Verdala Palace is the summer residence of the President of the Republic of Malta. The Palace can trace its origins to a solitary hunting lodge built by the Grandmaster of the Order of St John Jean de la Valette (1557-1568). The lodge stood on a strategically located outcrop of land overlooking a valley that would later become a green oasis and woodland to stand out in an otherwise arid countryside. On this spot, in 1586, Grandmaster Hugues Loubenx de Verdalle (1582-1595) built his countryside retreat to plans by Maltese architect Gerolamo Cassar (1520 – c. 1592). Verdalle’s legacy still survives in the choice of name for this palace – Verdala.
The square-shaped palace built by Grandmaster Verdalle was originally a two-storey structure with the ground floor accessible from a dry ditch hewn out of the rock surrounding the building. Four towers, one at each corner, give the palace the looks of a fortress informed by French architectural treatises of the time. The third floor was added later, during the magistracy of Grandmaster Anton Manoel de Vilhena (1722-1736) who also built the attendants’ quarters, stables and coach-houses forming the perimeter of the main grounds in front of the Palace.
Visitors to the place during the times of the Order of St John describe it as covered with silks and precious furnishings. Indeed, the place was rightly acknowledged as a work of art in itself, built to provide an enjoyable experience to its visitors and residents. An inscription right above the entrance to the main hall reads ‘cedant curae loco’ – a literal invitation to the visitor urging him to surrender himself to the care of the place.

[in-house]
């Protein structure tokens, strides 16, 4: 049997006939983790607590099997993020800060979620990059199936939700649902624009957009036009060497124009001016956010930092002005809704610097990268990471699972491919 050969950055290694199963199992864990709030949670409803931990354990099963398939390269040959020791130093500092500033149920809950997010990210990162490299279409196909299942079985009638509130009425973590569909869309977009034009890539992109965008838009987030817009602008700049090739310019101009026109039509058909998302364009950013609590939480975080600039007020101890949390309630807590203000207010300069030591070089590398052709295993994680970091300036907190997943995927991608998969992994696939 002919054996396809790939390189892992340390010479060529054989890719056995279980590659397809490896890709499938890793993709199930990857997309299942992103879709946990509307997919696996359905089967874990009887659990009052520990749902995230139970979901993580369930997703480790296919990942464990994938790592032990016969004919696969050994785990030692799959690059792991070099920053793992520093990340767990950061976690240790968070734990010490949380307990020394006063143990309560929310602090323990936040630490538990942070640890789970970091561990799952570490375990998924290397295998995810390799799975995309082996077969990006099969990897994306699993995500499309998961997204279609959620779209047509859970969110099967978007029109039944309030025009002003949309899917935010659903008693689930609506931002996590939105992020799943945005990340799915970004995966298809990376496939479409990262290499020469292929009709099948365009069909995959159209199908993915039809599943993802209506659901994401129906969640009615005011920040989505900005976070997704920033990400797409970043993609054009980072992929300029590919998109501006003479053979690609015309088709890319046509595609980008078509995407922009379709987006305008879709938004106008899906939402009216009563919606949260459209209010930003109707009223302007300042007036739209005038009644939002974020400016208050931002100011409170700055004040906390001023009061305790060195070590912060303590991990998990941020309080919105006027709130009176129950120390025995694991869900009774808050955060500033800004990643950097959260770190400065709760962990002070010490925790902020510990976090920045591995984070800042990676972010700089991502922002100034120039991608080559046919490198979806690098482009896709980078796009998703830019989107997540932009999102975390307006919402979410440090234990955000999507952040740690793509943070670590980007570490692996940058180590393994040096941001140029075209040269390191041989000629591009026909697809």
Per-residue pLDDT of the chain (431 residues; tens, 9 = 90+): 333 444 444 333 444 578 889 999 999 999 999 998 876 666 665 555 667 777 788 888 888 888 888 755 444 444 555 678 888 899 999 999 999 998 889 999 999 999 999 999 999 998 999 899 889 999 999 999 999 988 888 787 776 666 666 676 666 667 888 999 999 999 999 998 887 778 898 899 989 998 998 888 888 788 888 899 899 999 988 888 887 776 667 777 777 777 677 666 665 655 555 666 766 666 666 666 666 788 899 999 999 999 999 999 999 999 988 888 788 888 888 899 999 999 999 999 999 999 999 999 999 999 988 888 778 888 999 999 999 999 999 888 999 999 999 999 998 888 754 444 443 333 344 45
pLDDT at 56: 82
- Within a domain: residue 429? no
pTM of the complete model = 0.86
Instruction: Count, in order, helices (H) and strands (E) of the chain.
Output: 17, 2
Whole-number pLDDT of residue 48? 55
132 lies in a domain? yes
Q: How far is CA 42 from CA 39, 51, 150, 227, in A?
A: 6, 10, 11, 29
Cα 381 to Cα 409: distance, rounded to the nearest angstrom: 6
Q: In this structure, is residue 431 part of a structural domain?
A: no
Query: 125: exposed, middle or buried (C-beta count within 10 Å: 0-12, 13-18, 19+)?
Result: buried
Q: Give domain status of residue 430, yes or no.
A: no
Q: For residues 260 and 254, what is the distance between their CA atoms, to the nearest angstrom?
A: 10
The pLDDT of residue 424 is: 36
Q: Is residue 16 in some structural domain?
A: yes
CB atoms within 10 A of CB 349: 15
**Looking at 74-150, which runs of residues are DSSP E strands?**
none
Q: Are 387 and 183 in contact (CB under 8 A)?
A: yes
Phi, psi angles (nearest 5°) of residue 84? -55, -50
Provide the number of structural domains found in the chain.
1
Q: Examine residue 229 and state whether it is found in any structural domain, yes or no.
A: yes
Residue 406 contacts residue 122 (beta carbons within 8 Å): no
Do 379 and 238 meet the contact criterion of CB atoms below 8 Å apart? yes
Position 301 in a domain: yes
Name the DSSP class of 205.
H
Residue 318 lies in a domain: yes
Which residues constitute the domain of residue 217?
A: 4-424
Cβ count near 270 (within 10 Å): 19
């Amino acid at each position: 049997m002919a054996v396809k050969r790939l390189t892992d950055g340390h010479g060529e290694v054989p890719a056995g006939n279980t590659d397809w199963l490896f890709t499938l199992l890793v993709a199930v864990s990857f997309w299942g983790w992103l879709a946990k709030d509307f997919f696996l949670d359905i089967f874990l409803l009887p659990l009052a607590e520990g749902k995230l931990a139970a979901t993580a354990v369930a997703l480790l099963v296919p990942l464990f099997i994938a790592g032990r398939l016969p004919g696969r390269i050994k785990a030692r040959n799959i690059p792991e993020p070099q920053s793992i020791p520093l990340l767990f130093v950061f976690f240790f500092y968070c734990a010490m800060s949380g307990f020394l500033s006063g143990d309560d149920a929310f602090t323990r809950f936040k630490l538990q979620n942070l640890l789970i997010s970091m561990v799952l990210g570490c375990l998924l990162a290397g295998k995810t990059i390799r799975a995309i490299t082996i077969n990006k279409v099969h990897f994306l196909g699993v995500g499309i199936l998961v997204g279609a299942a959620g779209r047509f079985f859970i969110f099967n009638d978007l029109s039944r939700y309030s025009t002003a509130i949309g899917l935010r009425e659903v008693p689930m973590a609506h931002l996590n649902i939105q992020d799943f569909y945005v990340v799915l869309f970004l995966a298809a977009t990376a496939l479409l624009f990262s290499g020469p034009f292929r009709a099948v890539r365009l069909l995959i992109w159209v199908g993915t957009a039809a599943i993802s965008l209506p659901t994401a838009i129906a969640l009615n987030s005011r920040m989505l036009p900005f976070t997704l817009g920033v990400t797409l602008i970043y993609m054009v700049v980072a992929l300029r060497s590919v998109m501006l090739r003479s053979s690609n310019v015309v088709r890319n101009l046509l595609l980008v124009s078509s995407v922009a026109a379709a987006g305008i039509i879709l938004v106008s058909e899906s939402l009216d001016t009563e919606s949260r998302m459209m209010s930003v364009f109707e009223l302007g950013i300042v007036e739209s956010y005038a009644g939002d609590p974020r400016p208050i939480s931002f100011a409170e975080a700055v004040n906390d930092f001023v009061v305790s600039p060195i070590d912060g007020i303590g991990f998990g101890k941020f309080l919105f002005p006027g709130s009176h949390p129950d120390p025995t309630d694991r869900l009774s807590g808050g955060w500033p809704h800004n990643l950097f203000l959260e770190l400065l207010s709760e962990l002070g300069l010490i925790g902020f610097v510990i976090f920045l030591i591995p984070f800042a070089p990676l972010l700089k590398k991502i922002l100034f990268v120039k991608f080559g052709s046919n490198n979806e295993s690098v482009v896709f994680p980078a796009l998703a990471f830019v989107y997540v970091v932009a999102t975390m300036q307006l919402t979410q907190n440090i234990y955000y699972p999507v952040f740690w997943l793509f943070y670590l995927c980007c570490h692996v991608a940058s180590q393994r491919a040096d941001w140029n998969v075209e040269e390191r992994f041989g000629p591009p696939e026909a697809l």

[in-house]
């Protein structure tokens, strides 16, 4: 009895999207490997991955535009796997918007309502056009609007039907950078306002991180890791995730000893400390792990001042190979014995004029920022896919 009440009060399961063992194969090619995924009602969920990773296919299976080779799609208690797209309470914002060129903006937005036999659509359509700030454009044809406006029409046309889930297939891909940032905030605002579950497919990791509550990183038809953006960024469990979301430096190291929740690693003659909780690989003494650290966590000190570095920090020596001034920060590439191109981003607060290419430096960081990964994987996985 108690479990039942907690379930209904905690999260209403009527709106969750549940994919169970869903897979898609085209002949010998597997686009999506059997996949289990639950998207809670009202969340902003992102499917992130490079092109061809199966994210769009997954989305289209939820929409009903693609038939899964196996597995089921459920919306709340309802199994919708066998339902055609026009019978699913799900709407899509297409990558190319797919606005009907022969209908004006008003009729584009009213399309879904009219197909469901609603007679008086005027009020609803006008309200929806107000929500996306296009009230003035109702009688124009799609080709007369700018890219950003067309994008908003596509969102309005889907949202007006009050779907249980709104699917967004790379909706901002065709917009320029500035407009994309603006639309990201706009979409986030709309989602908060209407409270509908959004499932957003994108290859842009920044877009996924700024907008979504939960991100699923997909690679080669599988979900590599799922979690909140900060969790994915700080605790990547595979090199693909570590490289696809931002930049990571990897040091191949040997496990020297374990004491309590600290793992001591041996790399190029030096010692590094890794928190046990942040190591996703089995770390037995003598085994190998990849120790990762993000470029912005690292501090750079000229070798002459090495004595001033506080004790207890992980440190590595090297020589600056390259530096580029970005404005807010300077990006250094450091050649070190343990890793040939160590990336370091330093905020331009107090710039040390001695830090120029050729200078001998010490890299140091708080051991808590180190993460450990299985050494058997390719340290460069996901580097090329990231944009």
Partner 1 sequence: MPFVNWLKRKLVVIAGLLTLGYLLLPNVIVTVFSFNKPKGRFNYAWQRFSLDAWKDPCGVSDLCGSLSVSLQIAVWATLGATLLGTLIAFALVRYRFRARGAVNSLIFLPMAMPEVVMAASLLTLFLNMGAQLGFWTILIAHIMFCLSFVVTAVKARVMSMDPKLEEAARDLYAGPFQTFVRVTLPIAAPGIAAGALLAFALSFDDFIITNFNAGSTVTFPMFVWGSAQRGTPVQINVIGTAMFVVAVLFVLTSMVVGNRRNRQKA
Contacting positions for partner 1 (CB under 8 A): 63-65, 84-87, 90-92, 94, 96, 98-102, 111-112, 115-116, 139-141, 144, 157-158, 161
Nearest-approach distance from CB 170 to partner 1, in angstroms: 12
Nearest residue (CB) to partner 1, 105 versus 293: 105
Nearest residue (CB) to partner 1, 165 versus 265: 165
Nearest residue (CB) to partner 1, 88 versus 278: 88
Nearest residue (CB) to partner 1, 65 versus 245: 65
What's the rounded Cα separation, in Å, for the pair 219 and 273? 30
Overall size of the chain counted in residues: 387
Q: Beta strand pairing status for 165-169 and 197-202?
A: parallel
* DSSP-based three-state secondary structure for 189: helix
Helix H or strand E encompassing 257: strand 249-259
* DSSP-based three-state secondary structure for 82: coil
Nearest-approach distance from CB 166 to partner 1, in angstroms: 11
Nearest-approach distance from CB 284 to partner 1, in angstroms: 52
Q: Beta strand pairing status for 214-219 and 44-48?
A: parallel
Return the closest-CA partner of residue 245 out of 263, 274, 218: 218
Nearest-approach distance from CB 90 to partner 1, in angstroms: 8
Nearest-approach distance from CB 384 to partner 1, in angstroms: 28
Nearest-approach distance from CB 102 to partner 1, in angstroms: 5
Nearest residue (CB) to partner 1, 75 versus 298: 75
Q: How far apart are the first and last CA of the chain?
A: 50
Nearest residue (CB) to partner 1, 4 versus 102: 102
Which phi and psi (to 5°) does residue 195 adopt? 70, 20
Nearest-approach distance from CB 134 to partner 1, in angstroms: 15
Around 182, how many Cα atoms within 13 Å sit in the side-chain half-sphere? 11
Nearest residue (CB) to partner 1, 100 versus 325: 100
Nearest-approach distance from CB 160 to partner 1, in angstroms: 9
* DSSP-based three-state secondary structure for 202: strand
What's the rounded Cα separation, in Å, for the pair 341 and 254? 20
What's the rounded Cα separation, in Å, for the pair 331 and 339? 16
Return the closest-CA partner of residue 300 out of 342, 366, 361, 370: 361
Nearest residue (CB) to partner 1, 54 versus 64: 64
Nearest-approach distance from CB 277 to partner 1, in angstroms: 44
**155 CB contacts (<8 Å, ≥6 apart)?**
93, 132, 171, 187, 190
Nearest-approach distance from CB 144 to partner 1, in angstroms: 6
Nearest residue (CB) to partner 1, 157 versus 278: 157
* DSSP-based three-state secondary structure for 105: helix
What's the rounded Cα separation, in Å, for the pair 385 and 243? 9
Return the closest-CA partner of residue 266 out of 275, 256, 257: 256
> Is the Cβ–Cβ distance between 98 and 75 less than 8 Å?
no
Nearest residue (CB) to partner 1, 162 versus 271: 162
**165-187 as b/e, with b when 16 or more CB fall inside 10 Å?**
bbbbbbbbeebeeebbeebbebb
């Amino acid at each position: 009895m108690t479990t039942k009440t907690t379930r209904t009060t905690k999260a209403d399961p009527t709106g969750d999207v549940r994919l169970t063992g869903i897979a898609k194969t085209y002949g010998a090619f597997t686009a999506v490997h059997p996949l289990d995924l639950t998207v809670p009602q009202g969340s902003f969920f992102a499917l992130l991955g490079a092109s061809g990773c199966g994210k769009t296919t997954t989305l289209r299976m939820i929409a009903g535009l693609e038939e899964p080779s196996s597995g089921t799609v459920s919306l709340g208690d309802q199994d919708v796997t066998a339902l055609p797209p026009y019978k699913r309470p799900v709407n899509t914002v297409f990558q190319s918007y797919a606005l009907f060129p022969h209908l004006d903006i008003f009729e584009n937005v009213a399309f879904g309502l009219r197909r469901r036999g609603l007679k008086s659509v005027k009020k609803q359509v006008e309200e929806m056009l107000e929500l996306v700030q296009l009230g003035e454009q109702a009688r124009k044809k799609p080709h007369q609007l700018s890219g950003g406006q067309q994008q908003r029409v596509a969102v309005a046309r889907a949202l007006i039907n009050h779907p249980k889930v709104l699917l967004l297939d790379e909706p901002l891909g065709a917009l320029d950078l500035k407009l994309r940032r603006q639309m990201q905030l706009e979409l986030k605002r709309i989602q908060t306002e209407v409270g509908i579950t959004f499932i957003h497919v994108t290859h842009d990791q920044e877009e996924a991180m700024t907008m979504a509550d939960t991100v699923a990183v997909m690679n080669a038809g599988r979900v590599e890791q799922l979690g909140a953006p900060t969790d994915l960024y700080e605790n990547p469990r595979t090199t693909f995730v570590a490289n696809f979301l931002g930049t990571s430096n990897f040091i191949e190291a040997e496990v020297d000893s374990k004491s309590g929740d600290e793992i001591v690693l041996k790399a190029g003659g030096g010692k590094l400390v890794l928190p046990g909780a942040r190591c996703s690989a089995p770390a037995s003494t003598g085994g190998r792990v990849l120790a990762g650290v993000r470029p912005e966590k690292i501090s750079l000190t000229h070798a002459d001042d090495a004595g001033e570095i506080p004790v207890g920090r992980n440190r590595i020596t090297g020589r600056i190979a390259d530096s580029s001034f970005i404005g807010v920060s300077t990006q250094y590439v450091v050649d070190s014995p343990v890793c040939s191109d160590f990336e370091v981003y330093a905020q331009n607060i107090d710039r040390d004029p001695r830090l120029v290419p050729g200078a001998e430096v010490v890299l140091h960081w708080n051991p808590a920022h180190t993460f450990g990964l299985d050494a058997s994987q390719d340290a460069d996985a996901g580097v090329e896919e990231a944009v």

In the eighteenth century, the Palace seems to have fallen in disrepair and subsequently used as a prison during the French period. British Governor Sir Frederick Ponsonby (1827-1836) and, later, Governor Sir William Reid (1851-1858) undertook restoration works to use Verdala Palace, yet again, as a country residence. The Palace became one of three sites assigned to the Office of the President when Malta became a Republic in 1974.
Verdala Palace also features works of art of great artistic relevance. Suffice to mention the decorative scheme of the main hall is the work of the Tuscan painter Filippo Paladini (1544-1614) who was Verdalle’s very own court painter. Episodes from the life of Grandmaster Verdalle are depicted at each end of the barrel-vaulted hall with allegories featured on either side of each ceiling bay. The Palace complex also includes a chapel dedicated to St Anthony the Abbot extensively patronised by Grandmaster Nicolas Cottoner (1663 – 1680). The titular painting of the chapel is by the Italian artist Mattia Preti, painted during the early years of his permanent relocation to Malta in the 1660s when painting the vault paintings of St John’s Co-Cathedral, then the Conventual Church of the Order of St John.
Verdala Palace has been a residence to Grandmasters and British Governors. It hosted royalty and visiting dignitaries throughout its history and welcomed Presidents and Heads of State as guests of successive Presidents of the Republic.